Statehood for Telangana is an idea whose time has come.
By Jaideep Mishra in The Economic Times
The report of the Committee for Consultations on the Situation in Andhra Pradesh, or the Justice Srikrishna committee , is clearly economical with the truth when it avers that there is no real regional disparity vis-à-vis Telangana and coastal Andhra.
As a matter of fact, entrepreneurship is highly developed in the coastal region of the state, and it is this skewed tradition of profit-earning that seems to have coagulated into a sense of grievance and continuing resentment in Telangana.
It is a celebrated fact that in the last couple of decades, star entrepreneurs from coastal Andhra have made it big on the national stage. In recent years, big airports, large power plants and other infrastructure, such as highways, have come up pan-India thanks to the business savvy and entrepreneurship emanating from coastal Andhra.
The committee has suggested a regional council to address the imagined sense of backwardness in Telangana, but it’s a moot point whether the move would boost entrepreneurship in the region.
In business, nothing succeeds like success , and is it predictable that entrepreneurs , contractors and suppliers from coastal Andhra — albeit now based in Hyderabad and elsewhere — are much more likely to prosper and thrive in the state and well beyond . Also, how regions and whole societies become enterprising and entrepreneurial , across time and space, is well worth study and follow-through .
But in the Indian context, the experience of the last several decades is that statehood can give rise to, sustain and actually boost entrepreneurship. Hence the rationale for a separate Telangana state, bifurcated from Rayalaseema and coastal Andhra, or Seema-Andhra . It ought to rev up entrepreneurship across the board in Telangana, and benefit the region and the nation.
The committee report has an entire chapter (No. 2) on why Telangana is not economically or otherwise backward compared to coastal Andhra. But to begin with, a historical perspective would be relevant. The demand for Telangana state, and a lack of thriving entrepreneurship, has much to do with proactive water policy or otherwise, going back over a century and more.
The fact of the matter is that the Godavari Barrage, built circa 1850, veritably transformed the famine-prone districts of coastal Andhra into a huge granary.
Sir Arthur Cotton , who designed the barrage and oversaw its construction in the high noon of the colonial era, was a remarkable technocrat with rare vision. The annals record that he engineered the ‘magnificent project’ making the best use of local material such as lime, quarry and excellent teak.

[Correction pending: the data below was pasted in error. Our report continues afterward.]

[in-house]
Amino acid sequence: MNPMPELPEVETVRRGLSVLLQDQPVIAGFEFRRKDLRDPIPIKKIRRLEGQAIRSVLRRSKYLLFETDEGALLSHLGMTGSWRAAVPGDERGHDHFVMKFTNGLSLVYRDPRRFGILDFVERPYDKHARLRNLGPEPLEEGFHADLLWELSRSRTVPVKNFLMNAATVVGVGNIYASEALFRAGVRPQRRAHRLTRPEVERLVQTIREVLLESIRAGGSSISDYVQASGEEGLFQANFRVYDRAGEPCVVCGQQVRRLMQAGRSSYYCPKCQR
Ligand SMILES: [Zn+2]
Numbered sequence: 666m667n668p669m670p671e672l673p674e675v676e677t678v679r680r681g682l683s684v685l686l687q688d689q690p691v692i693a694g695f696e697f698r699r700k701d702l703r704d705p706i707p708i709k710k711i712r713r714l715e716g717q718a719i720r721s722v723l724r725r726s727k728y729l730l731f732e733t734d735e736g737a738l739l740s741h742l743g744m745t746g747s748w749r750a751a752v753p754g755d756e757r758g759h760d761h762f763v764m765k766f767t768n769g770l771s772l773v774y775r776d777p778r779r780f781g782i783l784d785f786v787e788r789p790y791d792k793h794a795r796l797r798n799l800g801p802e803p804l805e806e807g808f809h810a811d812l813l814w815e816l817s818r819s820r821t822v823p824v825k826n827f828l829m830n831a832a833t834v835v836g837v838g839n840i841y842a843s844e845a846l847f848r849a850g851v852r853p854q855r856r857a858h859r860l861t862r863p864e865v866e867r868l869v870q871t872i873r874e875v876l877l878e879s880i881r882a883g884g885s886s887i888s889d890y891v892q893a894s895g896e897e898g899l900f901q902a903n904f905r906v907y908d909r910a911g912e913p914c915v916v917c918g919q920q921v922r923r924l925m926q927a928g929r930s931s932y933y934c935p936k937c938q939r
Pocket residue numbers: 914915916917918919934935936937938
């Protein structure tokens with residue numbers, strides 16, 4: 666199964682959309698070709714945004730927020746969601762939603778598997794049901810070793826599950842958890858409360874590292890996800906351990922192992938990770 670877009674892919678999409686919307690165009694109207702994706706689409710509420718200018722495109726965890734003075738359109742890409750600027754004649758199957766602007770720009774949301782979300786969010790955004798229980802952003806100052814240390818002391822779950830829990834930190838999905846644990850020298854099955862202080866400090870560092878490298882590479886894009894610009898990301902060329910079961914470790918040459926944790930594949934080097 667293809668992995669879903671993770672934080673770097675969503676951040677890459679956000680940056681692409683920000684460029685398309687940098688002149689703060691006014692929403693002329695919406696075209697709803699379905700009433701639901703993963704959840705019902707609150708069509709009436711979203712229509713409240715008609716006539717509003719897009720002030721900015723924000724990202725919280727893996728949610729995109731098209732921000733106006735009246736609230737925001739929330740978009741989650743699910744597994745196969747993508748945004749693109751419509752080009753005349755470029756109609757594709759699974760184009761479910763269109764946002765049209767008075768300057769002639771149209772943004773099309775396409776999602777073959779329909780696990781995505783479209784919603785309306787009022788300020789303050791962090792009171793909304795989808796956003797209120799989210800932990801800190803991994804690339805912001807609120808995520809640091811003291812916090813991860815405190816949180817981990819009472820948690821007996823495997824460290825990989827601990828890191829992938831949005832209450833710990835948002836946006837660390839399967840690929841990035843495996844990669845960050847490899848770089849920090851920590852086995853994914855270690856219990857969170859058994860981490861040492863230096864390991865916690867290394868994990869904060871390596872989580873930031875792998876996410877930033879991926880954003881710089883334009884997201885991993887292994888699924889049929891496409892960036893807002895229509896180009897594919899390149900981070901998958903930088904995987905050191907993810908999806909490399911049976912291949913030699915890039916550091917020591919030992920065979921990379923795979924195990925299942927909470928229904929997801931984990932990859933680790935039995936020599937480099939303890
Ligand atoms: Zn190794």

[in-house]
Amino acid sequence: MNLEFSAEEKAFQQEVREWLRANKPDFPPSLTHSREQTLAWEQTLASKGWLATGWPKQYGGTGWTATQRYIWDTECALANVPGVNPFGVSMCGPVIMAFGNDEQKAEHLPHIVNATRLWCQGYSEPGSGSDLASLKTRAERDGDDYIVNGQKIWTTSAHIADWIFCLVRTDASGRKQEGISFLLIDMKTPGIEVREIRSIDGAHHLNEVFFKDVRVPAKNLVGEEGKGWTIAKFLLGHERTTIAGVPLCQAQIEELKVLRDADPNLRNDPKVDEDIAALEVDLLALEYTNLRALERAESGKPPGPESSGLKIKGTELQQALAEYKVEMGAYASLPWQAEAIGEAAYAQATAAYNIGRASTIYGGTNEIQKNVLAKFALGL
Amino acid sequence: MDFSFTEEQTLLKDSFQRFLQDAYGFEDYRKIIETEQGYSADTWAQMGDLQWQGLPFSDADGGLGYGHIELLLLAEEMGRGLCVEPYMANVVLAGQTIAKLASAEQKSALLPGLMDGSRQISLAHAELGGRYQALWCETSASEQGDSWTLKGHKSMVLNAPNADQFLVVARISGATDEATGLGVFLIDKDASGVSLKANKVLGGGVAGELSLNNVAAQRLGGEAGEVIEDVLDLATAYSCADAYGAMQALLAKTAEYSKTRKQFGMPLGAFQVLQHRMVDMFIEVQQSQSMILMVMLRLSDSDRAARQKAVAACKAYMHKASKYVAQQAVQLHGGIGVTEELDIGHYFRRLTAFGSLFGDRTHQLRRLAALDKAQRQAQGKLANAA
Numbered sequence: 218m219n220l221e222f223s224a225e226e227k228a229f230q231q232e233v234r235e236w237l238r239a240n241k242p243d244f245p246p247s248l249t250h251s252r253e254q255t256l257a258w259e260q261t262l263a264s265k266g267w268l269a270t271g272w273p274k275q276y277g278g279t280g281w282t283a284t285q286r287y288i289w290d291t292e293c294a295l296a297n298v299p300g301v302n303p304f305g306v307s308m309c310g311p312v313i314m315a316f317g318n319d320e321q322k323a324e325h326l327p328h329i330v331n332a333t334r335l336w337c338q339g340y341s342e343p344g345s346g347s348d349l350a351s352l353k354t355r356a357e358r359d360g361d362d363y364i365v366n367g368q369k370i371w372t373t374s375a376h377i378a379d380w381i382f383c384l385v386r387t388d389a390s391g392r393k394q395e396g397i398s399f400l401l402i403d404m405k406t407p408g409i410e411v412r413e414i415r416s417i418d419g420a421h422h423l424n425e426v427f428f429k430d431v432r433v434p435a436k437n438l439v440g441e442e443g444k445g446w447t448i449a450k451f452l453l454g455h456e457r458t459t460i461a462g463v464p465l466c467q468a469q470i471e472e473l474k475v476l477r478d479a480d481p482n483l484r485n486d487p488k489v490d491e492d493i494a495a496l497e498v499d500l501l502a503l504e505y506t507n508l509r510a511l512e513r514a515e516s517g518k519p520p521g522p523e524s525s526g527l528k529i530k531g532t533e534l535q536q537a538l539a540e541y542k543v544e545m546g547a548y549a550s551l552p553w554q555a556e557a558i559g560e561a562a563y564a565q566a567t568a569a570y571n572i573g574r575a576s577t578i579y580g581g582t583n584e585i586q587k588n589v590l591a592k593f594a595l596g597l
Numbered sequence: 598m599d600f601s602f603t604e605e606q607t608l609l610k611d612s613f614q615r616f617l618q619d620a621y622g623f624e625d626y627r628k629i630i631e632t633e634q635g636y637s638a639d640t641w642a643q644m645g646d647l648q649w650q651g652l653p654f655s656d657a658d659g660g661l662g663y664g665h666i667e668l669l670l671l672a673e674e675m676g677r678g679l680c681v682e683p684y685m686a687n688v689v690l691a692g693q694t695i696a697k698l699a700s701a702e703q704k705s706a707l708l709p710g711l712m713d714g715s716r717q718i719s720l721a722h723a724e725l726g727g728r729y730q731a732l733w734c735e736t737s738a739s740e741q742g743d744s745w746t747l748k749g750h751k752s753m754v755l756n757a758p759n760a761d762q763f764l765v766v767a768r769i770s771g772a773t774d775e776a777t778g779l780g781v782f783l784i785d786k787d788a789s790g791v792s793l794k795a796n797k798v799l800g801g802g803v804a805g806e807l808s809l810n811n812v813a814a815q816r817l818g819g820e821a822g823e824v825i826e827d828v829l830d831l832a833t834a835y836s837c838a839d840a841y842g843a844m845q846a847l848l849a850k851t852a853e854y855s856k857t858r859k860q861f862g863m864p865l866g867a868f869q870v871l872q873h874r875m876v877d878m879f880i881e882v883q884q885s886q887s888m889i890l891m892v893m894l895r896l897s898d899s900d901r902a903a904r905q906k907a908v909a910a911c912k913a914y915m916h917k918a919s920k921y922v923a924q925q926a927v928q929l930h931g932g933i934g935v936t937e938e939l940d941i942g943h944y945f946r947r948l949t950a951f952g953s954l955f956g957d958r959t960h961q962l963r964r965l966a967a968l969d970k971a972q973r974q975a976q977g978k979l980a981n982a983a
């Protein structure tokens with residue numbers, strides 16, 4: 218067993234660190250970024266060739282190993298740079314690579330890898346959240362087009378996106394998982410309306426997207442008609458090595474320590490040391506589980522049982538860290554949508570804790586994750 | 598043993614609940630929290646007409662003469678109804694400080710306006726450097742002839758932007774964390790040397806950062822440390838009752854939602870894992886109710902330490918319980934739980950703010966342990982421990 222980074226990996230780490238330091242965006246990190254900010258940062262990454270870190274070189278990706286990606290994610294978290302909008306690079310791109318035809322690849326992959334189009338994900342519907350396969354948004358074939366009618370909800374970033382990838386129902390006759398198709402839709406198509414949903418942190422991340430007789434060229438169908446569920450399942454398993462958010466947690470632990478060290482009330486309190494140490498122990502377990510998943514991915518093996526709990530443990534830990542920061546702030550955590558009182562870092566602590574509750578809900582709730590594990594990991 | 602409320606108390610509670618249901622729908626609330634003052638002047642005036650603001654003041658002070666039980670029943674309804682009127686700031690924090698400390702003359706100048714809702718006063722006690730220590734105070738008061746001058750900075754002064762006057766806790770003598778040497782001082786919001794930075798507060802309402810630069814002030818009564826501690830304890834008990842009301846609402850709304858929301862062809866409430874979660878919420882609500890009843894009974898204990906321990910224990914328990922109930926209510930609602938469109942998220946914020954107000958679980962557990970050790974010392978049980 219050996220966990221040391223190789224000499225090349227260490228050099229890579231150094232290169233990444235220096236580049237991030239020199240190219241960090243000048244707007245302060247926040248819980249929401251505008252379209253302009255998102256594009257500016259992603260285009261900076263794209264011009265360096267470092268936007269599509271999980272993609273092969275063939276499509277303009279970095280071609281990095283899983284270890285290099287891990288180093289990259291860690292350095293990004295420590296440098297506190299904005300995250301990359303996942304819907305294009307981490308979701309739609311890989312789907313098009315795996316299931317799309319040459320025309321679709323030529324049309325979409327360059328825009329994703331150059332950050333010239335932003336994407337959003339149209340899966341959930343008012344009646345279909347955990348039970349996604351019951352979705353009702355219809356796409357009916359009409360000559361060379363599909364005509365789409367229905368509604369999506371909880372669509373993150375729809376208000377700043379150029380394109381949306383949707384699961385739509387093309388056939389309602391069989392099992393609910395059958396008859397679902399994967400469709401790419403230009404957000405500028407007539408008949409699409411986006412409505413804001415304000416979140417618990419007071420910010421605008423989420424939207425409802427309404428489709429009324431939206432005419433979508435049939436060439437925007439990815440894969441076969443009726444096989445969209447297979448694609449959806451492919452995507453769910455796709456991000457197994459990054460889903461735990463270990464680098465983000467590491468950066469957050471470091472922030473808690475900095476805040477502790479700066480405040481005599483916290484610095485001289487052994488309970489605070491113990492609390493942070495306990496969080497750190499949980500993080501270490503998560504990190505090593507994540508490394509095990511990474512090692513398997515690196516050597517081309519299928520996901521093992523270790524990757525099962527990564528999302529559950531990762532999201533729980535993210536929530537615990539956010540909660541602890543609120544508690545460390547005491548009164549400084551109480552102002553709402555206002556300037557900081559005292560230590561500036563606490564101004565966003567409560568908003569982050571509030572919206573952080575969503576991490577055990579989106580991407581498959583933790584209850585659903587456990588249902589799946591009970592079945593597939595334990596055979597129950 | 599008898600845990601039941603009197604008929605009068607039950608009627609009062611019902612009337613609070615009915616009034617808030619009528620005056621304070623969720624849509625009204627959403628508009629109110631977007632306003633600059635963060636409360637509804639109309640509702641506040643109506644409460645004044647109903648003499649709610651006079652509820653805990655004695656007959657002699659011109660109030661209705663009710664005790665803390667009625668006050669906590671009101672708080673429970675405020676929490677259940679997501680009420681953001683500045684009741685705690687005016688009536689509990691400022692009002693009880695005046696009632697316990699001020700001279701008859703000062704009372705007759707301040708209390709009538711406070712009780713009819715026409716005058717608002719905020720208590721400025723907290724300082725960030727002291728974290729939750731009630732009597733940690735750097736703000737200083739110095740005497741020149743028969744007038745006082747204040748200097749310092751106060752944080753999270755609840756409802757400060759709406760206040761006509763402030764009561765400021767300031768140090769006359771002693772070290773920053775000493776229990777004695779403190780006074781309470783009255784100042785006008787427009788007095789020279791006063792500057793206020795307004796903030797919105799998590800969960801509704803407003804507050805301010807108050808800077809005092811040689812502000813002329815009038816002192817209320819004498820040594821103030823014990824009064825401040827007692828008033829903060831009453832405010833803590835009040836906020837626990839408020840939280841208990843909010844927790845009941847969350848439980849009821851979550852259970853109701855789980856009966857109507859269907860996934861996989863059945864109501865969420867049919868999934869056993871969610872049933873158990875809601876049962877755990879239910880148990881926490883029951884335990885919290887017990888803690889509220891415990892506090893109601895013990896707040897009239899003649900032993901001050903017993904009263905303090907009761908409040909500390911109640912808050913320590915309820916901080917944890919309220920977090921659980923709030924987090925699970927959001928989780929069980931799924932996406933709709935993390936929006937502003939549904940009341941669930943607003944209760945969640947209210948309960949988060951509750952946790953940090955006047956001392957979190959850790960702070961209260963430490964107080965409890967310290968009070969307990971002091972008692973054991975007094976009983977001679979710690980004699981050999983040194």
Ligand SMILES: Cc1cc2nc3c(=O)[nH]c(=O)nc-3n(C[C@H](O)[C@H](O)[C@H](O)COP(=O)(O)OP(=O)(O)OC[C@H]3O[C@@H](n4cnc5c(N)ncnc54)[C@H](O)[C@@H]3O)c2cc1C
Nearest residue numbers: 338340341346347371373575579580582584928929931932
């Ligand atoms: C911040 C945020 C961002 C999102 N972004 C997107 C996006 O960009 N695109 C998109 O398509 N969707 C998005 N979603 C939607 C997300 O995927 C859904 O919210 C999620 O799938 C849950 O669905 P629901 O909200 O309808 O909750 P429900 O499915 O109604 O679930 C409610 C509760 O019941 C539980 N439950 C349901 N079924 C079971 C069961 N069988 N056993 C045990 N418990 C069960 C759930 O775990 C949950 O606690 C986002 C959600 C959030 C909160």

The dam across the river Krishna followed next. And after completing the Krishna and Godavari anicuts, Sir Arthur did envisage a port and harbour at what is now Visakhapatnam. The point is that proactive policy on irrigation then did lead to surpluses, and when the economy opened up in the path-breaking 1990s, it meant a flowering of entrepreneurship from coastal Andhra.
It is plain that in adjoining Telangana, the Nizam, whose writ prevailed, lacked the foresight to build canals and waterways, as in coastal Andhra during the days of the Raj. And despite the fact that both the Godavari and the Krishna also flow through Telangana .
Note that because of the historical lack of modern irrigation systems in Telangana, there has been reliance on traditional tank and well irrigation. However, in recent decades , we have witnessed a neglect of policy focus and funding for tank irrigation nationally , Telangana being no exception.
The report mentions that there are over 13,000 industrial establishments registered under the Factories Act in coastal Andhra — a large number of which are rice mills — compared with over 12,000 such units in Telangana area, including Hyderabad.
Also, per factory, the number of workers is 33 in Telangana, 44 in Hyderabad city and 25 in coastal Andhra. The report then jumps to the conclusion that there is a ‘degree of comparability’ between Telangana and coastal Andhra. But one will still need to factor in entrepreneurship or the lack of it to analyse the sense of misgiving in Telangana.
In a similar vein, the greater drawal of power in Telangana, which the report takes note of, may simply point at the lack of irrigation supply on the ground. On employment , the report calls for better implementation of the Presidential Order of 1975, which divided Andhra Pradesh into six zones for recruiting ‘local’ candidates for government jobs, mainly non-gazetted categories . A better solution would be greater scope for entrepreneurship in Telangana.
It is only towards the end, in chapter 6, that information technology-led business development of Hyderabad is stressed, and how entrepreneurs from coastal Andhra have been much involved in the field.